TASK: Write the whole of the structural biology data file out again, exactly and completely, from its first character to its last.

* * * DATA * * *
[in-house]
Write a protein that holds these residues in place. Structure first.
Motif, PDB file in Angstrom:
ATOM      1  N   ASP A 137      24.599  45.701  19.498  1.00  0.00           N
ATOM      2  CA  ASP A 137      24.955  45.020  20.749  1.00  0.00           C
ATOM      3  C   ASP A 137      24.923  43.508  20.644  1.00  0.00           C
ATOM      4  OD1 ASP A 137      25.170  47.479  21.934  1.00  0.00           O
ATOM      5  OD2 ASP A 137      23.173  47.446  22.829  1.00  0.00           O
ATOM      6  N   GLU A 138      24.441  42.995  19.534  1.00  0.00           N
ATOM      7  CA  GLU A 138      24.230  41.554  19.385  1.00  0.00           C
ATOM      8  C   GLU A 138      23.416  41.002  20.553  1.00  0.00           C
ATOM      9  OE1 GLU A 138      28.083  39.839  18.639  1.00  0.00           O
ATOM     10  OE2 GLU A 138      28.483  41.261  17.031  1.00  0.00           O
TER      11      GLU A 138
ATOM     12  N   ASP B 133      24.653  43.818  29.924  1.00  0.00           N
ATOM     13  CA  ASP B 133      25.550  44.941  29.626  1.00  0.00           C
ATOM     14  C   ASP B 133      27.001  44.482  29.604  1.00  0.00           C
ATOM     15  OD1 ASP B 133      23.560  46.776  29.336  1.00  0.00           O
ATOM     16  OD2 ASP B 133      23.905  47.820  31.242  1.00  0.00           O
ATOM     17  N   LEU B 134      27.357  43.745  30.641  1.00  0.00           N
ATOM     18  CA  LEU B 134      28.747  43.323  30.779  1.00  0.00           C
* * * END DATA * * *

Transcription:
[in-house]
Write a protein that holds these residues in place. Structure first.
Motif, PDB file in Angstrom:
ATOM      1  N   ASP A 137      24.599  45.701  19.498  1.00  0.00           N
ATOM      2  CA  ASP A 137      24.955  45.020  20.749  1.00  0.00           C
ATOM      3  C   ASP A 137      24.923  43.508  20.644  1.00  0.00           C
ATOM      4  OD1 ASP A 137      25.170  47.479  21.934  1.00  0.00           O
ATOM      5  OD2 ASP A 137      23.173  47.446  22.829  1.00  0.00           O
ATOM      6  N   GLU A 138      24.441  42.995  19.534  1.00  0.00           N
ATOM      7  CA  GLU A 138      24.230  41.554  19.385  1.00  0.00           C
ATOM      8  C   GLU A 138      23.416  41.002  20.553  1.00  0.00           C
ATOM      9  OE1 GLU A 138      28.083  39.839  18.639  1.00  0.00           O
ATOM     10  OE2 GLU A 138      28.483  41.261  17.031  1.00  0.00           O
TER      11      GLU A 138
ATOM     12  N   ASP B 133      24.653  43.818  29.924  1.00  0.00           N
ATOM     13  CA  ASP B 133      25.550  44.941  29.626  1.00  0.00           C
ATOM     14  C   ASP B 133      27.001  44.482  29.604  1.00  0.00           C
ATOM     15  OD1 ASP B 133      23.560  46.776  29.336  1.00  0.00           O
ATOM     16  OD2 ASP B 133      23.905  47.820  31.242  1.00  0.00           O
ATOM     17  N   LEU B 134      27.357  43.745  30.641  1.00  0.00           N
ATOM     18  CA  LEU B 134      28.747  43.323  30.779  1.00  0.00           C